Your Brain on Exercise: Sharper, Happier, Healthier

The brain enhancing benefits of regular exercise extend far beyond the immediate manufacturing of hope chemicals. Studies have shown that consistent physical activity also enhance attention, memory, and our ability to concentrate[16]. As alluded to above, exercise has been linked to a lower risk of developing neurodegenerative diseases like Alzheimer's and dementia[17], underscoring its role in maintaining cognitive health throughout our life.


The connection between exercise and the production of hope chemicals offers a powerful reminder of the holistic benefits of physical activity. By incorporating regular exercise into our routines, we can tap into the body's natural ability to heal, uplift, and rejuvenate itself. So, lace up those sneakers, hit the pavement, or find your joy in movement, and let the magic of making hope chemicals illuminate your path to a happier, healthier you.




[1] Cohen, D. (2020). Exercise your endorphins. In Surviving Lockdown (pp. 86–90). Routledge.

[2] Schoenfeld, T. J., & Swanson, C. (2021). A runner’s high for new neurons? Potential role for endorphins in exercise effects on adult neurogenesis. Biomolecules, 11(8), 1077.

[3] Hildebrandt, T., et al. (2014). Exercise reinforcement, stress, and β-endorphins: an initial examination of exercise in anabolic-androgenic steroid dependence. Drug and Alcohol Dependence, 139, 86–92. [](

[4] Lee, E., et al. (2024). Estrogen deficiency reduces maximal running capacity and affects serotonin levels differently in the hippocampus and nucleus accumbens in response to acute exercise. In bioRxiv.

[5] Wigati, K. W., et al. (2023). The effect of 4 week-long swimming exercise intervention on increased serotonin levels in male mice (Mus musculus). Comparative Exercise Physiology, 19(4), 361–370.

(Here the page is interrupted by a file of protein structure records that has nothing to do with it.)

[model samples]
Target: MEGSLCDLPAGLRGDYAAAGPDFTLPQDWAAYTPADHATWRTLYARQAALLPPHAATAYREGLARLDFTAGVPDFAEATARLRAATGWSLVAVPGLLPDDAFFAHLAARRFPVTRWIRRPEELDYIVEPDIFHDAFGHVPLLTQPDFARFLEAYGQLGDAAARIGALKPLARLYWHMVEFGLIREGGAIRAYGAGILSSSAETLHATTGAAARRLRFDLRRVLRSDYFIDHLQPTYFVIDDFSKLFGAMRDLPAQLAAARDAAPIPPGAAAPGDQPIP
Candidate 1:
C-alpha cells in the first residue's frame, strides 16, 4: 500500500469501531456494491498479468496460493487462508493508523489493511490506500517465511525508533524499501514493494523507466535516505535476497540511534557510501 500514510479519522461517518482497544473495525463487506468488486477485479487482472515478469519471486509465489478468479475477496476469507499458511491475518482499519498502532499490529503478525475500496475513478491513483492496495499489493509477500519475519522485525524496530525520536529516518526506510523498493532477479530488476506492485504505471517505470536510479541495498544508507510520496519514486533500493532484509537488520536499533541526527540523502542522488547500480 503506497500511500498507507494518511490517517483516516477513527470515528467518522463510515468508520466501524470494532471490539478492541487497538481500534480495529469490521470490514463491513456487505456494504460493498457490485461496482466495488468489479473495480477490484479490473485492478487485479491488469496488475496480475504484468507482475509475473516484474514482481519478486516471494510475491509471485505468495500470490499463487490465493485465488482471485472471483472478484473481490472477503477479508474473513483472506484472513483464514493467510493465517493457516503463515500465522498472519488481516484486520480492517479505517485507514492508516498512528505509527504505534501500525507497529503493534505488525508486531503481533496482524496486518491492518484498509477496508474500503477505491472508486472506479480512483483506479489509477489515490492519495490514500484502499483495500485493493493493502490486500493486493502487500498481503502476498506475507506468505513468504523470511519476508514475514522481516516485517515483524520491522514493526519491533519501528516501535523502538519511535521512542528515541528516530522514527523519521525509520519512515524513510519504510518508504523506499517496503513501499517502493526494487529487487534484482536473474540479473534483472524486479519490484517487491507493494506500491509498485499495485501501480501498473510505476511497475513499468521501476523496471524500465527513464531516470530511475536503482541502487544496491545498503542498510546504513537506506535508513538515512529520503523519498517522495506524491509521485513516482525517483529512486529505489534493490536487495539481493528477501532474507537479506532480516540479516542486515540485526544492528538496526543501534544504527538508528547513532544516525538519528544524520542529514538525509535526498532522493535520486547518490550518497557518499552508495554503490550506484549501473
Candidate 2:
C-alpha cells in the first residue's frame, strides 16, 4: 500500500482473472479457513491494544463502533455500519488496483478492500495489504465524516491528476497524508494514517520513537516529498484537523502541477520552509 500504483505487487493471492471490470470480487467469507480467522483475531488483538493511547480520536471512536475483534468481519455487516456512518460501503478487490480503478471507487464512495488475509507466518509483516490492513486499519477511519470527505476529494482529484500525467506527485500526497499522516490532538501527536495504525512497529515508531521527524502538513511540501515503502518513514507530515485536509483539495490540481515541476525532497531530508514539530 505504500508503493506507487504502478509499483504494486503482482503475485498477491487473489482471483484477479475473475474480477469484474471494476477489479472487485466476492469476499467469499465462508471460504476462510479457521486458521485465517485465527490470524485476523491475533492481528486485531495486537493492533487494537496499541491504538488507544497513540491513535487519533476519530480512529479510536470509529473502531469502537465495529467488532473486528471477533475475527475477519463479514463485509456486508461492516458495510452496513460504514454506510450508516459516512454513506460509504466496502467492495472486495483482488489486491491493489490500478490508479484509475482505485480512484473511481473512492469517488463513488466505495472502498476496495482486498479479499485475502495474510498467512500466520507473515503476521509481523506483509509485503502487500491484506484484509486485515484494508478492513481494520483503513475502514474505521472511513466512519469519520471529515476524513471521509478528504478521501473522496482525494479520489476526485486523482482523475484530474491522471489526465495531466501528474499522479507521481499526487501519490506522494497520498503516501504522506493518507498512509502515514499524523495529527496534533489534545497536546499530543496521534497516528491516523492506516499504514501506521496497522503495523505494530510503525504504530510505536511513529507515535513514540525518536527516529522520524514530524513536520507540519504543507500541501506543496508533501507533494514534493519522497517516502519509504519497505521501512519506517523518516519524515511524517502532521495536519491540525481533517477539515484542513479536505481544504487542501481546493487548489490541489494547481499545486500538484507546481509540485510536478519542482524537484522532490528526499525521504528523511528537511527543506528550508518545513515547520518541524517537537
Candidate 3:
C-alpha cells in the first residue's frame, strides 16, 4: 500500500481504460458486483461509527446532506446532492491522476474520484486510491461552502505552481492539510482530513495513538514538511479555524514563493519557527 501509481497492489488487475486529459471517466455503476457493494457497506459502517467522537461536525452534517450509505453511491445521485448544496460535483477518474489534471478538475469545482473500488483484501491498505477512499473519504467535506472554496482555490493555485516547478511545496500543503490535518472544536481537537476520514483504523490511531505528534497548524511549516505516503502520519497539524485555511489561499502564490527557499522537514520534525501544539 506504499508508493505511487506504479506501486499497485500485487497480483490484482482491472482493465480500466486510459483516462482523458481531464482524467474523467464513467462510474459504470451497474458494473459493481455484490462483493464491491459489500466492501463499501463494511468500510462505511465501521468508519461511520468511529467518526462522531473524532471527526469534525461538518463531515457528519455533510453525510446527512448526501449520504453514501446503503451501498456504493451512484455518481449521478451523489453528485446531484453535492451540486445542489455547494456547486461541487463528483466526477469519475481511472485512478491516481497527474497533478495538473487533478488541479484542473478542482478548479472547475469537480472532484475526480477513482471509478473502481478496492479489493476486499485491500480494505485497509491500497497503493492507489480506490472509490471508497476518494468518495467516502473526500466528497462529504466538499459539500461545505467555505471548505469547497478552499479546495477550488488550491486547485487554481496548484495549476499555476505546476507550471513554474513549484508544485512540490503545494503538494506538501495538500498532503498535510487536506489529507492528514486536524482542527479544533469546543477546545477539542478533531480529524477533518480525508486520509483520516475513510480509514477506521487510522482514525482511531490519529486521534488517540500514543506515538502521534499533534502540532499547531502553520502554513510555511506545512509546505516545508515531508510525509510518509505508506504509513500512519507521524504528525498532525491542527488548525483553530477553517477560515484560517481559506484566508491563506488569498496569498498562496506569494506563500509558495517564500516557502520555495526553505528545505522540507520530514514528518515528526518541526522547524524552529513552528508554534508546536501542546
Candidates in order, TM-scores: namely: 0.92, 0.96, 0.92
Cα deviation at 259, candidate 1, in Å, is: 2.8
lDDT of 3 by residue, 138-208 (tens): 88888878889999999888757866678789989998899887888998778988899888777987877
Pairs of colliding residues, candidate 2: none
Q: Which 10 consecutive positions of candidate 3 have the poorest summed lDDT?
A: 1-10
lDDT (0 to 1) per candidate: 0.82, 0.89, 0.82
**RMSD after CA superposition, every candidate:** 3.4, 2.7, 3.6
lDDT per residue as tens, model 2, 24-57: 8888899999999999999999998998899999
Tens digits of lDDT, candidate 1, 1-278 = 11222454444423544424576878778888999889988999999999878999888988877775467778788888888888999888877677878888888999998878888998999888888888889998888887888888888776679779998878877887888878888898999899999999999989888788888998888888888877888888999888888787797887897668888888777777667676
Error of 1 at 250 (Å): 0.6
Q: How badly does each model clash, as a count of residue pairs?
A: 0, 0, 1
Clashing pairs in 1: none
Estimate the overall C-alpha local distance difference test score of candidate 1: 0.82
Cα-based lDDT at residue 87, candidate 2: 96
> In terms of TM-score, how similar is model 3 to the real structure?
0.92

[6] Meeusen, R., & De Meirleir, K. (1995). Exercise and brain neurotransmission. Sports Medicine, 20(3), 160–188.

[7] Moroianu, L.-A., et al. (2022). Clinical study of serum serotonin as a screening marker for anxiety and depression in patients with type 2 diabetes. Medicina (Kaunas, Lithuania), 58(5), 652.

[8] Tyler, J., et al. (2023). High intensity interval training exercise increases dopamine D2 levels and modulates brain dopamine signaling. Frontiers in Public Health, 11.

[9] Yavuz, A., Sari, İ., Habipoğlu, S., & Ayan, D. (2022). The effects of moderate-intensity step-aerobics, spinning, and educational game exercise programs on plasma dopamine and oxytocin levels in women in the menopausal transition period. Journal of Surgery and Medicine, 6(9), 803–808.

[10] Beaulieu, J.-M., & Gainetdinov, R. R. (2011). The physiology, signaling, and pharmacology of dopamine receptors. Pharmacological Reviews, 63(1), 182–217.

[11] Cefis, M., et al. (2023). Molecular mechanisms underlying physical exercise-induced brain BDNF overproduction. Frontiers in Molecular Neuroscience, 16, 1275924.

[12] aynman, S., Ying, Z., & Gomez-Pinilla, F. (2004). Hippocampal BDNF mediates the efficacy of exercise on synaptic plasticity and cognition. The European Journal of Neuroscience, 20(10), 2580–2590.

[13] Huang, Y.-Y., et al. (2020). BDNF and its multirole function in neurogenesis, synaptic transmission and neurodegenerative diseases. Nano LIFE, 10(01n02), 2040007.

[14] Yue, Y., & Xiao, H. (2023). Effects of moderate-intensity physical training on students’ mental health recovery. Revista Brasileira de Medicina Do Esporte, 29.

[15] Xu, L., et al. (2023). The effects of exercise for cognitive function in older adults: A systematic review and meta-analysis of randomized controlled trials. International Journal of Environmental Research and Public Health, 20(2).

[16] Haapala, E. (2012). Physical activity, academic performance and cognition in children and adolescents. A systematic review. Baltic Journal of Health and Physical Activity, 4(1).

[17] López-Ortiz, S., et al. (2021). Physical exercise and Alzheimer’s disease: Effects on pathophysiological molecular pathways of the disease. International Journal of Molecular Sciences, 22(6), 2897.

Older post Newer post